Michael Sudduth (D.Phil., University of Oxford) is a philosopher of religion with a background in analytic philosophy, Christian theology, and eastern philosophy and religion. His spiritual journey has led him from the Christian tradition to the Vaishnava bhakti traditions of India, the philosophy of Advaita Vedanta, and Zen Buddhism, each of which informs his approach to spirituality.
He is a professor in the Philosophy Department at San Francisco State University. His interests include the philosophy of theism, the nature of religious experience, religious diversity, the philosophical and empirical dimensions to belief in life after death, Advaita Vedanta and Zen Buddhism, and the interface between eastern spiritual practices and western psychotherapeutic modalities.
Sudduth’s Cup of Nirvana blog features analytical-style reflections on philosophical topics at the center of his current research and publications, as well as contemplative explorations in eastern philosophy and spiritual practice:
- A Head Full of Ghosts: A Review
- Stephen King and the Path of Fiction
- Empirically Robust Survival Hypotheses
- In Defense of Sam Harris on Near-Death Experiences
- What’s Wrong with Survival Literature?
- Awakening Survivalists from Dogmatic Slumber
- Personal Reflections on Life after Death
- The Naked Journey into Now
- Standing in the Center of the Fire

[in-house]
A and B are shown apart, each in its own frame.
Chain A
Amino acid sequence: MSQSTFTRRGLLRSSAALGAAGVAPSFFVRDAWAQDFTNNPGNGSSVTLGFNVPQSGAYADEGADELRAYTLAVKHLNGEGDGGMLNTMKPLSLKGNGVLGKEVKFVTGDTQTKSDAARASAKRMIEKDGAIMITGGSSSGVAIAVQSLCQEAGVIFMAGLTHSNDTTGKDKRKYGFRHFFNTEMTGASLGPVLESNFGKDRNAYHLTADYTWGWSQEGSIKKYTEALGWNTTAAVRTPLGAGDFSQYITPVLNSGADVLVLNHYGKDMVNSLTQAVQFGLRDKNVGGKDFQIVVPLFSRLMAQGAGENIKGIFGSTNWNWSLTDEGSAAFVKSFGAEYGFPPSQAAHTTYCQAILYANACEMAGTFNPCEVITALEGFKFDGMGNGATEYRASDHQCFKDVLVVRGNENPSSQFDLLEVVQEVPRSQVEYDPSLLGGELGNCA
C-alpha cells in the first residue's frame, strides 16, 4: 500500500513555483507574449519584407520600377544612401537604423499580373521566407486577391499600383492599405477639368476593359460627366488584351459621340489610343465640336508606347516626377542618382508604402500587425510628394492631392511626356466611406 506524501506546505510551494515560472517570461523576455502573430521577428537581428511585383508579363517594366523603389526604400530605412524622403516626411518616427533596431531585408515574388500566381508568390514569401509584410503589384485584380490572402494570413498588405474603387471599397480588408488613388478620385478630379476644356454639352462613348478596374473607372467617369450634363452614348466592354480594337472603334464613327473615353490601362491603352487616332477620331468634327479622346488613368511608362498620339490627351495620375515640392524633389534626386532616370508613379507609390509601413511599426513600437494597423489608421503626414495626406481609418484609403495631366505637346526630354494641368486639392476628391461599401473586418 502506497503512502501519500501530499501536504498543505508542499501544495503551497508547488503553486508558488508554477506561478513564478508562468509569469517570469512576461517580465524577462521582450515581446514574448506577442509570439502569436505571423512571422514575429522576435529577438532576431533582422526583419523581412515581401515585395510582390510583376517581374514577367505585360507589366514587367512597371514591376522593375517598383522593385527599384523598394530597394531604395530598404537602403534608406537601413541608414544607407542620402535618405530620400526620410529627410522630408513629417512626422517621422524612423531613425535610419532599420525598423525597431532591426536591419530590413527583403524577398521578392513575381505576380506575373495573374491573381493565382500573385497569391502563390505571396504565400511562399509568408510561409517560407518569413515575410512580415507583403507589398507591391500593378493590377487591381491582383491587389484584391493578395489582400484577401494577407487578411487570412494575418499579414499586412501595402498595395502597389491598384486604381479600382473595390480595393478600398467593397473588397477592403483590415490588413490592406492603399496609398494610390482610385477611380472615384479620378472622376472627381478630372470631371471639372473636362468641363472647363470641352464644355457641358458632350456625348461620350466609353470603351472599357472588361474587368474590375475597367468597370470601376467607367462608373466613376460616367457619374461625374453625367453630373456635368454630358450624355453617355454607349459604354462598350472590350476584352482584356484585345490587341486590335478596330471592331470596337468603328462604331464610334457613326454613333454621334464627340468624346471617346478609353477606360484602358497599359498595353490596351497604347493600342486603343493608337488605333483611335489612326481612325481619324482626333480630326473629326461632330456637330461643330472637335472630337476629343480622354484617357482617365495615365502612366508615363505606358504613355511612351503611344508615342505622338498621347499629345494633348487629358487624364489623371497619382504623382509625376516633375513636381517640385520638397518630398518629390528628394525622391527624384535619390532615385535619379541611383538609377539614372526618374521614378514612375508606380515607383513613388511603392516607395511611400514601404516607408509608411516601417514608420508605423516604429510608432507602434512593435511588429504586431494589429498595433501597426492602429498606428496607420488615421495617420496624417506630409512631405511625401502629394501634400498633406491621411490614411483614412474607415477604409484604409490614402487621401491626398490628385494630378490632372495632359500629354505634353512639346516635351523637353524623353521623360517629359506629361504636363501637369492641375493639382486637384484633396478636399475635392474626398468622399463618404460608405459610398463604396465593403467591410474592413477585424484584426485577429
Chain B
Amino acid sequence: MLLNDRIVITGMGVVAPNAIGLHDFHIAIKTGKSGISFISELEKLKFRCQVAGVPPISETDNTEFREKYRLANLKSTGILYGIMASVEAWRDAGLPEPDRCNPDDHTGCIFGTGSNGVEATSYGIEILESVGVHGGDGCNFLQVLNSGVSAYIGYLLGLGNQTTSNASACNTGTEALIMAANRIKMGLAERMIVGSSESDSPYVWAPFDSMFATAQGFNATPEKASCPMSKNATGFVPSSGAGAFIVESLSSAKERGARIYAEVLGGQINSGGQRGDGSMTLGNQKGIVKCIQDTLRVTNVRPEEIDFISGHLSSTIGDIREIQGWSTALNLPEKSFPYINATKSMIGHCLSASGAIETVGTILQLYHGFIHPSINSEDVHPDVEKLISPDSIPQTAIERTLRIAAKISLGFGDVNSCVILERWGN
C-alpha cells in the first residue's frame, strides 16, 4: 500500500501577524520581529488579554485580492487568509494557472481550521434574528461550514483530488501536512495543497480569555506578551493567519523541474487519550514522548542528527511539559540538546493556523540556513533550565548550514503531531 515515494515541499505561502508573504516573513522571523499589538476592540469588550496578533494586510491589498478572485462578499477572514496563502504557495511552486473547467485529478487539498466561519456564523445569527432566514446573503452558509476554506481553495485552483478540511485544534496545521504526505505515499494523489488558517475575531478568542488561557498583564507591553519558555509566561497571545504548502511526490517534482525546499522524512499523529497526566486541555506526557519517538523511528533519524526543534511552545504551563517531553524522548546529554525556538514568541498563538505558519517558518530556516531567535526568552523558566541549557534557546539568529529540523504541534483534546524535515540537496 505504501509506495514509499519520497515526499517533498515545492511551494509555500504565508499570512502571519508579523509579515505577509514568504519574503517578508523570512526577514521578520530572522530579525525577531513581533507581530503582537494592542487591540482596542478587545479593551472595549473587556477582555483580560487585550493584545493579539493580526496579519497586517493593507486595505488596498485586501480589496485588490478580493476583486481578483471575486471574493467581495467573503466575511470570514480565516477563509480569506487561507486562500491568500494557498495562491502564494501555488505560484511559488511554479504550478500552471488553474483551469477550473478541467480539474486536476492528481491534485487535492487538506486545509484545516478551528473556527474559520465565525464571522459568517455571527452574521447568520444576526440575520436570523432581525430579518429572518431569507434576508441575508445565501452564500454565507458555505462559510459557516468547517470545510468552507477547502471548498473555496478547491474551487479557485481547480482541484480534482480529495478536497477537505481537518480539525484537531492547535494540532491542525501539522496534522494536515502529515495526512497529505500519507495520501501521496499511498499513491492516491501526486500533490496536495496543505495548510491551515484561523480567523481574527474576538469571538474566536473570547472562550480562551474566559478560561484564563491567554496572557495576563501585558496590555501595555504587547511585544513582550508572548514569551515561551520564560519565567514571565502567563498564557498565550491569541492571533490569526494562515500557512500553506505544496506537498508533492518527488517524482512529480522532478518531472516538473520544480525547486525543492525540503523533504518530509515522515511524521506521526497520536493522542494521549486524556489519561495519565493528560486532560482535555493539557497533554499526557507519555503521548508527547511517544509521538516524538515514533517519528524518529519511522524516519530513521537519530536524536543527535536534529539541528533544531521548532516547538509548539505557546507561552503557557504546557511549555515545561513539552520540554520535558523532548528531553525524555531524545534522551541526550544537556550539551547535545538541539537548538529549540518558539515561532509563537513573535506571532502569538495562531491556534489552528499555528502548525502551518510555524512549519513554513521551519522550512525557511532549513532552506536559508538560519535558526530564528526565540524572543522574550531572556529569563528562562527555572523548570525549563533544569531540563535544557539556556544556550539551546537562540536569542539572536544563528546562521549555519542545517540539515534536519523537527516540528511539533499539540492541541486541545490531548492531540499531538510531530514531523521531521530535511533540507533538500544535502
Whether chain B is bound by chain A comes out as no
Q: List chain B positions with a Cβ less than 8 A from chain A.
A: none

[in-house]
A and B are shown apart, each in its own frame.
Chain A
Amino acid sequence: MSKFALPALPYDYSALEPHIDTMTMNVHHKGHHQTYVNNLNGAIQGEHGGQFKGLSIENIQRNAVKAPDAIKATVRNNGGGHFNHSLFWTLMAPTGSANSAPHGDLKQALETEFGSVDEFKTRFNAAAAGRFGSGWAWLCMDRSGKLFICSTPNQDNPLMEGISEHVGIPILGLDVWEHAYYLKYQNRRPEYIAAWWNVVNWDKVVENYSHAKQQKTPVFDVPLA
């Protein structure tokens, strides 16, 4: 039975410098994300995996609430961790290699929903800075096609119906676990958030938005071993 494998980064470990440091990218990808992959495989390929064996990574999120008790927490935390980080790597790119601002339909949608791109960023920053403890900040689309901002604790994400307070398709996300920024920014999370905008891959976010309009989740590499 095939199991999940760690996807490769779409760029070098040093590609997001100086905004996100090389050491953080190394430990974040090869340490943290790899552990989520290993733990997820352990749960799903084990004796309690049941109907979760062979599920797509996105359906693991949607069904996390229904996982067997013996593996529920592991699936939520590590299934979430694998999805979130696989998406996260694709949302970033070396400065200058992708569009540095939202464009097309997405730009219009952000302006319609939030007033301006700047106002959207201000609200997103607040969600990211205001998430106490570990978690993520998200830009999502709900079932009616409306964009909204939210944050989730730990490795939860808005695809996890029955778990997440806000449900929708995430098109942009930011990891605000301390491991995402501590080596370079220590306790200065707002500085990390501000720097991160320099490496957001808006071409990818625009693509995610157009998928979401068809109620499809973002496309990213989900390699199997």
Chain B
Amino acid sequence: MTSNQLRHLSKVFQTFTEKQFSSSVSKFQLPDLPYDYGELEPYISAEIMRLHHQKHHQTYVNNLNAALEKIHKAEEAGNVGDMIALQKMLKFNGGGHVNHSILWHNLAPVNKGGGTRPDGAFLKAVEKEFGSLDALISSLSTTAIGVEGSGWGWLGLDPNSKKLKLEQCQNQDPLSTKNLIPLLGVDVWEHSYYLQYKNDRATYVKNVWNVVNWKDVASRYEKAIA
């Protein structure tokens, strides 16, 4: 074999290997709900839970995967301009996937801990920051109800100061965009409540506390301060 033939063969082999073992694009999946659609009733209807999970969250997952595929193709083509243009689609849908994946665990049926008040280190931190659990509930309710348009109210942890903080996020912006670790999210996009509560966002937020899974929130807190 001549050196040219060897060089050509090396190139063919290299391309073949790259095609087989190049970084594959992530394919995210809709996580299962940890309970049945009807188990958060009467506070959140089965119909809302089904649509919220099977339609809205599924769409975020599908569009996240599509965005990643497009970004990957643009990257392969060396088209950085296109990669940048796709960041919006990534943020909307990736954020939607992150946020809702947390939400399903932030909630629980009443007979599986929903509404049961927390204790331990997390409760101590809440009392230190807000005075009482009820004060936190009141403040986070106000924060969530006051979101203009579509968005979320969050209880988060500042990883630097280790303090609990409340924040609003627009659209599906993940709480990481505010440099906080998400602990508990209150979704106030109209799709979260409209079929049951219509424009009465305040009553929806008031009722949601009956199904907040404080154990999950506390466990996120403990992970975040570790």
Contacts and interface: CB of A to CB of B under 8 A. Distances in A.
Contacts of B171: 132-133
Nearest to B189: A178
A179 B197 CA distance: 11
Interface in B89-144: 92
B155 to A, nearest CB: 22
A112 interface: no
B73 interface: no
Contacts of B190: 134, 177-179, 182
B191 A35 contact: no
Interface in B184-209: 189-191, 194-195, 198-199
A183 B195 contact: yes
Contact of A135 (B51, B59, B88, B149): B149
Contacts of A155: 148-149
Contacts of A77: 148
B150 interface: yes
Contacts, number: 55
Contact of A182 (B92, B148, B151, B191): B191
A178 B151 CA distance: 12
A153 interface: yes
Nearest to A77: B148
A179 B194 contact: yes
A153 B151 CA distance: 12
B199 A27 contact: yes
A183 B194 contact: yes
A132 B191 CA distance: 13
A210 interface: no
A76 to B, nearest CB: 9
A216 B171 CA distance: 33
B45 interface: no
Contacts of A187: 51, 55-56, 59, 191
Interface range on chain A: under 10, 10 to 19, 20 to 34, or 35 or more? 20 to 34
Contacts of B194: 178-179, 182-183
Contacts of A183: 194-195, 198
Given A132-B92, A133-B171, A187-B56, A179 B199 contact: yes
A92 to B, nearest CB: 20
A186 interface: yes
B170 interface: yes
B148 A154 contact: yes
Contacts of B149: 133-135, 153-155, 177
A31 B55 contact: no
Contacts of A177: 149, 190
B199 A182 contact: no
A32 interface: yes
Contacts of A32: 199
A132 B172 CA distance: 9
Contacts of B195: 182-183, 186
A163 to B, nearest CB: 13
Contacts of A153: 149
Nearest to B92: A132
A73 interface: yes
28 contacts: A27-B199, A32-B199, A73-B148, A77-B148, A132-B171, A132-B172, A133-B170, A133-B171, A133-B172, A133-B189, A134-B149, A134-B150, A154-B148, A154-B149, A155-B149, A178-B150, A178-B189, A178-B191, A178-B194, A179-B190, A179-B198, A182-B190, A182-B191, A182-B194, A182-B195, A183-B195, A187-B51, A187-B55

- The Invitation
- Truth is Dancing
- Confessions of a Bullshit Philosopher
- The Myth of Enlightenment
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March 21, 2016: Talk in the Philosophy Department at University of Portland on Near-Death Experiences
January 26, 2016: PUBLISHED – A Philosophical Critique of Empirical Arguments for Postmortem Survival (Palgrave Macmillan – Palgrave Frontiers in Philosophy of Religion). Now available at Amazon and through Palgrave Macmillan. For further details, visit Facebook – Philosophy of Postmortem Survival, or read Book Overview or sample chapter.
“Michael Sudduth has produced a ground-breaking work – original, nuanced, empirically comprehensive, and conceptually sophisticated. It sheds new light on the confusions and superficiality dominating the literature on postmortem survival, and is a major contribution to survival research.” – Stephen Braude
May 10, 2015: Published interview on philosophy and my spiritual practice with Helen De Cruz